Search engine giant has 90 days to stop favouring its own shopping service or face more penalty
The fine, equivalent to 3 percent of Alphabet’s turnover, is the biggest regulatory setback for Google. PIC FOR REPRESENTATION/AFP
EU antitrust regulators hit Alphabet unit Google with a record 2.42-billion-euro ($2.7 billion) fine on Tuesday, taking a tough line in the first of three investigations into the company's dominance in searches and smartphones.
It is the biggest fine the EU has ever imposed on a single company in an antitrust case, exceeding a 1.06-billion-euro sanction handed down to US chipmaker Intel in 2009.
The European Commission said the world's most popular internet search engine has 90 days to stop favouring its own shopping service or face a further penalty per day of up to 5 percent of Alphabet's average daily global turnover.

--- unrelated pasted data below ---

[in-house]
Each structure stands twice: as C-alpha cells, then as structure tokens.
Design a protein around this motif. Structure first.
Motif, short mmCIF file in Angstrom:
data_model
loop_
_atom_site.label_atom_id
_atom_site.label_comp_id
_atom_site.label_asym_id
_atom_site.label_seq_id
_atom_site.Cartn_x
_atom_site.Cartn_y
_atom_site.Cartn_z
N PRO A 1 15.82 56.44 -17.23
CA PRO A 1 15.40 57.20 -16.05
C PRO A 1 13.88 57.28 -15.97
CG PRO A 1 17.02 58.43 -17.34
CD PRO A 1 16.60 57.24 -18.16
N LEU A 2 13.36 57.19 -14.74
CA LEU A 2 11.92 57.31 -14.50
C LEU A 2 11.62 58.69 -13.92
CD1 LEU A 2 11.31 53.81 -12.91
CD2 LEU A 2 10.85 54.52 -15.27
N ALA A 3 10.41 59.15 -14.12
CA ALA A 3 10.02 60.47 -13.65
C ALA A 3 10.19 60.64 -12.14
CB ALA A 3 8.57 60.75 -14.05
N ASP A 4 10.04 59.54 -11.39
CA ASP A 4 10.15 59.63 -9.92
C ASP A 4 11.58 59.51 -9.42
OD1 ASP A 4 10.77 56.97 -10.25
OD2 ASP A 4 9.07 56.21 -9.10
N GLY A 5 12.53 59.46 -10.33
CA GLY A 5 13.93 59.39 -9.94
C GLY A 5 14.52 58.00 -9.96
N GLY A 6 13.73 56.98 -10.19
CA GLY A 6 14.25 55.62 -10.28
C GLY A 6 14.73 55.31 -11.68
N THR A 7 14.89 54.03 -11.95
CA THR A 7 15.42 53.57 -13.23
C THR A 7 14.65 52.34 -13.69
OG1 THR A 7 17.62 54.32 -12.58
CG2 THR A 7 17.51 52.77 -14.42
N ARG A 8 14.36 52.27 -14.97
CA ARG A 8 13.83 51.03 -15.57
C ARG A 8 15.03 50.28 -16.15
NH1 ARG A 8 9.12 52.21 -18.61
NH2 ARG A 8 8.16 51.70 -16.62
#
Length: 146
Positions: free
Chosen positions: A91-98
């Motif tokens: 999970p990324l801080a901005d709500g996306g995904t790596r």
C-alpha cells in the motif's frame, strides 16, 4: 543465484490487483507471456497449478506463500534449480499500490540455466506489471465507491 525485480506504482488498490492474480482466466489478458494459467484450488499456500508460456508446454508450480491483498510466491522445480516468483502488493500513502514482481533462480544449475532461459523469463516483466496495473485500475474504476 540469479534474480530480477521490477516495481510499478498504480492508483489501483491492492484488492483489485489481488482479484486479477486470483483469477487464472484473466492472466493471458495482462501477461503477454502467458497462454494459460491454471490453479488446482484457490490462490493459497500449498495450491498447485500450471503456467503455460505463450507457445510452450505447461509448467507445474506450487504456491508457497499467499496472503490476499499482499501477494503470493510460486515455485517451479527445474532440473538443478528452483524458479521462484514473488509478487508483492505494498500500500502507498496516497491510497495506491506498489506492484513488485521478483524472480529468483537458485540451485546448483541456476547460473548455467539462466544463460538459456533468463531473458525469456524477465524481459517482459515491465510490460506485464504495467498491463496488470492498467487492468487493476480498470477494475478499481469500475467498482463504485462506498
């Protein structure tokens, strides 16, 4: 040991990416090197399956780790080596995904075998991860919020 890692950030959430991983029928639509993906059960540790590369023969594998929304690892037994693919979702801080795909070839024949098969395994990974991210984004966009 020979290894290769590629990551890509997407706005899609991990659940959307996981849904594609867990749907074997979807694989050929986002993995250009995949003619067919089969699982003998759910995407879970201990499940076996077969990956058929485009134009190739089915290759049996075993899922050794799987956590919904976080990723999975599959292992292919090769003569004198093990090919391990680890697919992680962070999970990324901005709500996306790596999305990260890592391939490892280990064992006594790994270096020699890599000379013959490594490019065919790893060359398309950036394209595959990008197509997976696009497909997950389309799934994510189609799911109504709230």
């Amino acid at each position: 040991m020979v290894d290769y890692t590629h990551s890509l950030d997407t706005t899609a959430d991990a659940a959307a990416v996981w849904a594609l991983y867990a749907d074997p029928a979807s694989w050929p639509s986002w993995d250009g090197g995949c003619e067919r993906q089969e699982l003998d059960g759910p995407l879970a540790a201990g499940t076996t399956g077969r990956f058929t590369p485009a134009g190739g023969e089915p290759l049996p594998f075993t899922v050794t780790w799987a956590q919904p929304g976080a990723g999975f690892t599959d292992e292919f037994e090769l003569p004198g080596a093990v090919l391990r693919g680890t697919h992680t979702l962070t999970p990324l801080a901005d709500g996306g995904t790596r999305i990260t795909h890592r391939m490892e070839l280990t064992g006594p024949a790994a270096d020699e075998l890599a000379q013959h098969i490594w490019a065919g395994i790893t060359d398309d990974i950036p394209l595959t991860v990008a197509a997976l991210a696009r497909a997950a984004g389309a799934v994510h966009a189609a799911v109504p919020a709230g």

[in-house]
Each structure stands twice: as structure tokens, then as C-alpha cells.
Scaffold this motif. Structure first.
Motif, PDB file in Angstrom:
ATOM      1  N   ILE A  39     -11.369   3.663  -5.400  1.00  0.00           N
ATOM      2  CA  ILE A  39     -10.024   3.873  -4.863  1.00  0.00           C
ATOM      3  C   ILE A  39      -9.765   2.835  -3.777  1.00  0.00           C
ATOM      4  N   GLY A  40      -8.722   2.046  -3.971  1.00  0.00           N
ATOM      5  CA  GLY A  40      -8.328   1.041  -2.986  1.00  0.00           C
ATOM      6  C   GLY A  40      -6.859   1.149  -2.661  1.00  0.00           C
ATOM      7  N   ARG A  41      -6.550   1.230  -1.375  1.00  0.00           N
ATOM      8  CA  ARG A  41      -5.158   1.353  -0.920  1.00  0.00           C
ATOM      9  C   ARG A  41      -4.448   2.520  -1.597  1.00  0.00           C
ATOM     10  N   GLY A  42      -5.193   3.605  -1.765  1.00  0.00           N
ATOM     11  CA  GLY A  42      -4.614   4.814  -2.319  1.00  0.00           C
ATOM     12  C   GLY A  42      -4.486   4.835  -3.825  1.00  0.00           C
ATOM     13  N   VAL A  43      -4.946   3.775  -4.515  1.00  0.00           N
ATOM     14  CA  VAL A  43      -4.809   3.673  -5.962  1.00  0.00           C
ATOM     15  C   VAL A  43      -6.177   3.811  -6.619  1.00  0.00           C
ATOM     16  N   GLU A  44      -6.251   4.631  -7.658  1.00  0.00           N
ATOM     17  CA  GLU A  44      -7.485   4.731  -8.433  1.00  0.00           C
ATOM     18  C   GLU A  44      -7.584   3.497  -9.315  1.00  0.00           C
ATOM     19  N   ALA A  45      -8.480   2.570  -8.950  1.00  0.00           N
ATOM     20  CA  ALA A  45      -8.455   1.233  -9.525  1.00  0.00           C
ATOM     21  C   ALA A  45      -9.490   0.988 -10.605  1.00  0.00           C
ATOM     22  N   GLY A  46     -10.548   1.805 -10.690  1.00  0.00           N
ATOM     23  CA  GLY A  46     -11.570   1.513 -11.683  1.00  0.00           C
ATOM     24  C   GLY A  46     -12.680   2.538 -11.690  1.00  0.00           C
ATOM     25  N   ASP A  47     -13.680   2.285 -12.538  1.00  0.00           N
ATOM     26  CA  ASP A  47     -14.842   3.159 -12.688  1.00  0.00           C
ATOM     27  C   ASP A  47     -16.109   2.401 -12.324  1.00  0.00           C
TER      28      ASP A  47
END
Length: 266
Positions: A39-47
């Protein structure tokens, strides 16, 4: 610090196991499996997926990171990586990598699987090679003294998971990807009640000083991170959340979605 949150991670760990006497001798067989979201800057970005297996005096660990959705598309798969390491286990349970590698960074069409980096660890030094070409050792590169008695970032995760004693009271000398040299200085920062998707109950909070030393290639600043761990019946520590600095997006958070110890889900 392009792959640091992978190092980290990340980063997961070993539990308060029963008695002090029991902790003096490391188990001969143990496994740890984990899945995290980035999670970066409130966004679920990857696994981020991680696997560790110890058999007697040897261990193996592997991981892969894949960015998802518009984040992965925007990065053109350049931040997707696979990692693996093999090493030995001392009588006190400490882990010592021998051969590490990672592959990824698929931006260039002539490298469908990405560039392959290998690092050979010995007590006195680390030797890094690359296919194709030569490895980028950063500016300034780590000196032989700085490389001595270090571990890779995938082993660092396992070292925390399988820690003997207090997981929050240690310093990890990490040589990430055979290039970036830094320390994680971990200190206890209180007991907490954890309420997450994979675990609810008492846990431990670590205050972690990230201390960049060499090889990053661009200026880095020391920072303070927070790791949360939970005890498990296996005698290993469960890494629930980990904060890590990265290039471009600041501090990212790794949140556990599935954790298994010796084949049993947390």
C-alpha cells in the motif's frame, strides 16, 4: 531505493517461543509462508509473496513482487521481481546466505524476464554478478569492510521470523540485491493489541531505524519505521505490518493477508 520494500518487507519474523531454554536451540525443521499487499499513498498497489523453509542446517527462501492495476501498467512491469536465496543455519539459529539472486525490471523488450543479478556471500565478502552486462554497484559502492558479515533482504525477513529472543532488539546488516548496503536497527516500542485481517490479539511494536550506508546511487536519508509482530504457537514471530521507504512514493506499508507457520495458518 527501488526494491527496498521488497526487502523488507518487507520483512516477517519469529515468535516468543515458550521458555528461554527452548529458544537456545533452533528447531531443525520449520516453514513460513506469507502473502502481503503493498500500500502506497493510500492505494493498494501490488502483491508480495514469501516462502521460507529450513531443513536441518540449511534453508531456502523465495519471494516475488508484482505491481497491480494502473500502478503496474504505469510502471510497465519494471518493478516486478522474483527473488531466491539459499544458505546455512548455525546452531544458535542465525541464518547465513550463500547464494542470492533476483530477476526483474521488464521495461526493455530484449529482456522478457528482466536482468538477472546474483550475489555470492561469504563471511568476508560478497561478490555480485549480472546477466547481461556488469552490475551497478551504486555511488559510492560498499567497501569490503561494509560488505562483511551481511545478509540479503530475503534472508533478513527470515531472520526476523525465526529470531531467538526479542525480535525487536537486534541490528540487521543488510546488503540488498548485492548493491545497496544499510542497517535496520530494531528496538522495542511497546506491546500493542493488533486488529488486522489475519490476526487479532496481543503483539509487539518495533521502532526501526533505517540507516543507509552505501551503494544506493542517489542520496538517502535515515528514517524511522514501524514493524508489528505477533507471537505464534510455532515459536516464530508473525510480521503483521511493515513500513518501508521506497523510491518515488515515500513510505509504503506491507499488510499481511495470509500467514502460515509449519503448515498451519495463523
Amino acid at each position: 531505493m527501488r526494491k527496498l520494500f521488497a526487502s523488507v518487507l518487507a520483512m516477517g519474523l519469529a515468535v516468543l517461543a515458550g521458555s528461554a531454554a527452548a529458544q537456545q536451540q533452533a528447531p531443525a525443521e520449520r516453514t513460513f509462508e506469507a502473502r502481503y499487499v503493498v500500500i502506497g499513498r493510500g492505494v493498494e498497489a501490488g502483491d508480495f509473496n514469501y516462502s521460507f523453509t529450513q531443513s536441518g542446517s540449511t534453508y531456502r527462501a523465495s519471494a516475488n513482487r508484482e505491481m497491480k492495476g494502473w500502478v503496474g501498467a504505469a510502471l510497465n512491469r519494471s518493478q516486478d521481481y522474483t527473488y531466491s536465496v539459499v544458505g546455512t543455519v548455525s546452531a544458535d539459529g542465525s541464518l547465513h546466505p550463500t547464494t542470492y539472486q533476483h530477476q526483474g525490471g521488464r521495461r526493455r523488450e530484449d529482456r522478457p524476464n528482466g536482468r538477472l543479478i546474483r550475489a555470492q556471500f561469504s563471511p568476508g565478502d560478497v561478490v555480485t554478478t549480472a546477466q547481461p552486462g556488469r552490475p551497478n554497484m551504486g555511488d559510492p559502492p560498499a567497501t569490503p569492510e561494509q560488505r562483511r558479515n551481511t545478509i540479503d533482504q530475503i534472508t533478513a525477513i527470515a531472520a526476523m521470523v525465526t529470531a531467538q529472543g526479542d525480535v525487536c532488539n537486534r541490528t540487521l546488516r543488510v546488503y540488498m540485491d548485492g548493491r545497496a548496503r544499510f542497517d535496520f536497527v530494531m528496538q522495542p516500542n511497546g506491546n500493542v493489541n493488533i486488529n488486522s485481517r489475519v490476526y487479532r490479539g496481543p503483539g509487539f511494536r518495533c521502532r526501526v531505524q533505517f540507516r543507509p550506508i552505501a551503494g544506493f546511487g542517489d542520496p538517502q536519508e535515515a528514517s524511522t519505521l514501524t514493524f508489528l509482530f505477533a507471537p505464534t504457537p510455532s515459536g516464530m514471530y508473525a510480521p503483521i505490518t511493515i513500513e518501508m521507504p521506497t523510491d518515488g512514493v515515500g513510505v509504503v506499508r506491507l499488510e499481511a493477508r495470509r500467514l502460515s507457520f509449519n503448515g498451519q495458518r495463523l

The fine, equivalent to 3 percent of Alphabet's turnover, is the biggest regulatory setback for Google.
The EU competition enforcer has also charged Google with using its Android mobile operating system to crush rivals. The company has also been accused of blocking rivals in online search advertising.
The Commission found that Google, with a market share in searches of over 90 per cent in most European countries, had systematically given prominent placement in searches to its own comparison shopping service and demoted those of rivals in search results.
What's next for Google?
Google may choose to appeal in EU courts, but Intel, the previous antitrust fine record holder, has waited seven years for a final judgment on its appeal. Google remains under Commission investigation in two other cases.
$12mn Penalty payment per day if Google fails to comply with order
$90bn Alphabet's 2016 turnover
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